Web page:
By Edward Nawotka -- Publishers Weekly, 12/23/2008 7:31:00 AM
ScrollMotion, a two year old iPhone application development company, has launched Iceberg, an e-book reader for the iPhone with titles from six publishers: Random House, Hachette, Penguin, Counterpoint, Houghton Mifflin Harcourt, and Simon & Schuster.
“What makes the software different,” said ScrollMotion’s chief literary officer Calvin Baker, “is that each book is a self-contained app. You download the book, not a piece of software.” Iceberg mimics the natural reading experience, allowing the user to “flip” the page with a swipe of the finger and uses the iPhone and iTouch’s interface to allow for scrolling, shrinking and expanding text, bookmarking and note taking.
Among the first titles available are Twilight by Stephenie Meyer, Extras by Scott Westerfeld, Brisingr by Christopher Paolini, Shadow Country by Peter Matthiessen, and When We Were Romans by Matthew Kneale. Matt Shatz, v-p of digital at Random House, told PW, “We really like the ScrollMotion application and the guys behind it.” He said the difference ScrollMotion brings to iPhone e-book reading is their treatment of DRM, which is tied to Apple’s iTunes store. “The way ScrollMotion does it, they offer us a way to sell DRM protected books directly on the phone, which the other main readers out there do not yet do at this time.”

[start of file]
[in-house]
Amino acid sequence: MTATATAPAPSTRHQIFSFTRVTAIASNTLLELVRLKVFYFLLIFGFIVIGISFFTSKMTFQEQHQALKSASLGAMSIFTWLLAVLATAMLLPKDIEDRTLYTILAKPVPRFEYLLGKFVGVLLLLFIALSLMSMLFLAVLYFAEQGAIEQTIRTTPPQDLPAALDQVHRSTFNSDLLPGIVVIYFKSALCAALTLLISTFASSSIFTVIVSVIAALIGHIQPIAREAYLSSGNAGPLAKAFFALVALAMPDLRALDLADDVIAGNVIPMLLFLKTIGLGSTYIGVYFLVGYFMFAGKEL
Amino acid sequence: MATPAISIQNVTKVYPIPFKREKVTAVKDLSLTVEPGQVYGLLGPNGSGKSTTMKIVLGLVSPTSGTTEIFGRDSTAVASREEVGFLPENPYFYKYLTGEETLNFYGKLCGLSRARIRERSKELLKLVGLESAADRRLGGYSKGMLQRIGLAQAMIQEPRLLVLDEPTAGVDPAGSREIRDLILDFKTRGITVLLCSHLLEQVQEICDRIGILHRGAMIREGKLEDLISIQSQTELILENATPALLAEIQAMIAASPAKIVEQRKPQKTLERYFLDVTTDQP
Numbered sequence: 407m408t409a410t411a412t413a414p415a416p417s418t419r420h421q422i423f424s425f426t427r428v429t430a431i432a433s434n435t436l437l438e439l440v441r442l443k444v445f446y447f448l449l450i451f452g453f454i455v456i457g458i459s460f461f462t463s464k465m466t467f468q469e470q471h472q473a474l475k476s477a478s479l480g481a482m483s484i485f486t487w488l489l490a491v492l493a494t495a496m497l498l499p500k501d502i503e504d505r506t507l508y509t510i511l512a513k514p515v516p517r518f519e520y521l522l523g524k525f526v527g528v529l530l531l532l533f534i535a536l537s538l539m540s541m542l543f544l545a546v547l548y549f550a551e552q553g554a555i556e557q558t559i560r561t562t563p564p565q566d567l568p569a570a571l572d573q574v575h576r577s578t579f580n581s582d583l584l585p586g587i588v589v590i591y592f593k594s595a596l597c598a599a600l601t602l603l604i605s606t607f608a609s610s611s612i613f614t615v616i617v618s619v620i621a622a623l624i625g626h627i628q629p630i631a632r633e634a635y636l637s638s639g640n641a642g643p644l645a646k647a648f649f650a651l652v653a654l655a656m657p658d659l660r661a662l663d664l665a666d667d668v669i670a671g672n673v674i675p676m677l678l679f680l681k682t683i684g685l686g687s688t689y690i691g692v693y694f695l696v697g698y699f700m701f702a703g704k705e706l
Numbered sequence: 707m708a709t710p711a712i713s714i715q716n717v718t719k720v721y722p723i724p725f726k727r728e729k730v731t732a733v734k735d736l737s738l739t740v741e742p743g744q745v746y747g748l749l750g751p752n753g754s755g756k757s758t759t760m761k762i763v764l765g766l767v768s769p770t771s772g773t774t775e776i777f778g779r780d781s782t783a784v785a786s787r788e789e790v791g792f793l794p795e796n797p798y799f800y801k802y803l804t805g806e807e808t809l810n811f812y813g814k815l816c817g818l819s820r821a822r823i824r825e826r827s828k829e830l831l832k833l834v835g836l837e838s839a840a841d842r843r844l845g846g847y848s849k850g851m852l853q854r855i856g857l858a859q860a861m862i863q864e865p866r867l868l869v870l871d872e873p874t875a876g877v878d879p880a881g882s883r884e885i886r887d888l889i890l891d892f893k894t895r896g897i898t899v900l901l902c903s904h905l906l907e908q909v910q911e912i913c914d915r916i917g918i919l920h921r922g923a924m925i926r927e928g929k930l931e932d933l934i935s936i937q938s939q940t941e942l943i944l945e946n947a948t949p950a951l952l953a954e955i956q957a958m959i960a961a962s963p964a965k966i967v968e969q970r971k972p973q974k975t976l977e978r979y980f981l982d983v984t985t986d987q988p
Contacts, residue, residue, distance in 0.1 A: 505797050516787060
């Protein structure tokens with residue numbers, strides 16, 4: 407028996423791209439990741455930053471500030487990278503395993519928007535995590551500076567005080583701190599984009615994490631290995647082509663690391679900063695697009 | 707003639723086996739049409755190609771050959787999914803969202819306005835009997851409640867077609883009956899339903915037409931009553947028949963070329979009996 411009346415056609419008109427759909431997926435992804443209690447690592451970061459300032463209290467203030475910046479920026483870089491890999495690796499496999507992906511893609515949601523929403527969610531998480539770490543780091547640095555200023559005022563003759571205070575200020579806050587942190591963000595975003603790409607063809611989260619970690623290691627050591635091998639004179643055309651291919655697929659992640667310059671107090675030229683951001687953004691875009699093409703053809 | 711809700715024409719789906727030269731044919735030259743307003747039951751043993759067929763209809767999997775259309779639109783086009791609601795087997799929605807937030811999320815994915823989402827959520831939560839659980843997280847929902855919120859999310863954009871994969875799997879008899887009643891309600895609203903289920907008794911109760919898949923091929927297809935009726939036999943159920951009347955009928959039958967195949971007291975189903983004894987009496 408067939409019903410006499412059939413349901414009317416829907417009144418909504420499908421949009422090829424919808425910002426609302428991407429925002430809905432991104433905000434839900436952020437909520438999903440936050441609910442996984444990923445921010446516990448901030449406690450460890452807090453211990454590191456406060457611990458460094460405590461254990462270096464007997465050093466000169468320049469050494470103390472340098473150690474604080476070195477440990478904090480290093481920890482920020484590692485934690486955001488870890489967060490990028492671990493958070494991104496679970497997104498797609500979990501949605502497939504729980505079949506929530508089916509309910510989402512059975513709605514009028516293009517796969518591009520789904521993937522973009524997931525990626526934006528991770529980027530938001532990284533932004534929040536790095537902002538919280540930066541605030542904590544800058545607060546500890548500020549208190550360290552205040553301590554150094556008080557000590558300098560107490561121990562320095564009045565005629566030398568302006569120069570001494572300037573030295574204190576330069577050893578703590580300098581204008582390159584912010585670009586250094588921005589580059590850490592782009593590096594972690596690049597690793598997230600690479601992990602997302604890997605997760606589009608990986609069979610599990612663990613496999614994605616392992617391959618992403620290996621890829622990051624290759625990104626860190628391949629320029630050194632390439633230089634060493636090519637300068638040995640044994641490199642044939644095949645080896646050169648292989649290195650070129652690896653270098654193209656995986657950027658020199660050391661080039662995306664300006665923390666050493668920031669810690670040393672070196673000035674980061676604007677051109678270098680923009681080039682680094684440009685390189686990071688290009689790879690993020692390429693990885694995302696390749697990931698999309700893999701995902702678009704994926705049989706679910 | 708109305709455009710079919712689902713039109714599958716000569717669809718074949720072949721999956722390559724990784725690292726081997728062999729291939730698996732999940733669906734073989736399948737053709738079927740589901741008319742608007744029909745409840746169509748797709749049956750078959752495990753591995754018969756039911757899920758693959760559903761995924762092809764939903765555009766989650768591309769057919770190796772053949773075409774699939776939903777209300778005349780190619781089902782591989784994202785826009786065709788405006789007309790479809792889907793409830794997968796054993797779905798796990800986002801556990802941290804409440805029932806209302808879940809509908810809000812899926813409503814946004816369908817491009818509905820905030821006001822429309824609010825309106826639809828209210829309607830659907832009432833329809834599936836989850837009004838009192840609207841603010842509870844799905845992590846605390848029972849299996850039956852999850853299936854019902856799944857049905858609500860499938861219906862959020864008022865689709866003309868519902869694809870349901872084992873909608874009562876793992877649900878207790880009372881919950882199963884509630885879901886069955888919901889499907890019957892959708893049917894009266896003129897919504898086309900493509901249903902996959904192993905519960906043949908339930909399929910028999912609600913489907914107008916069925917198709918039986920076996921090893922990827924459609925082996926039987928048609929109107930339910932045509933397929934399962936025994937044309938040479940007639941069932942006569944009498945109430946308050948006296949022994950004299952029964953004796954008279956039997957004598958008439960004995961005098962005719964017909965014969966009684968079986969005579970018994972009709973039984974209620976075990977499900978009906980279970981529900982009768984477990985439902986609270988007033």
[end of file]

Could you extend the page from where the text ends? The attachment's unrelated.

Like the Kindle, books can be downloaded wirelessly, though unlike the Kindle which sells most titles for $9.99 or less, prices for the Iceberg-formatted books are the same or more as retail list -- $27.50 for the Paolini, $23.95 for the Kneale, $12.99 for the Westerfeld ($2 more than the paperback). As of today, two dozen titles are available for download. Baker said he “anticipates 200 titles should be available within weeks.”
The company arrives on the e-book scene with a publishing pedigree. Josh Koppell, founder and chief creative officer of ScrollMotion, published a memoir Good/Grief with HarperPerennial and earlier launched a digital music packaging company called TuneBooks, which was adopted by the iTunes music store to display digital liner notes, credits, biographies and other ephemera. Baker has written three novels, including Dominion, published by Grove in 2006.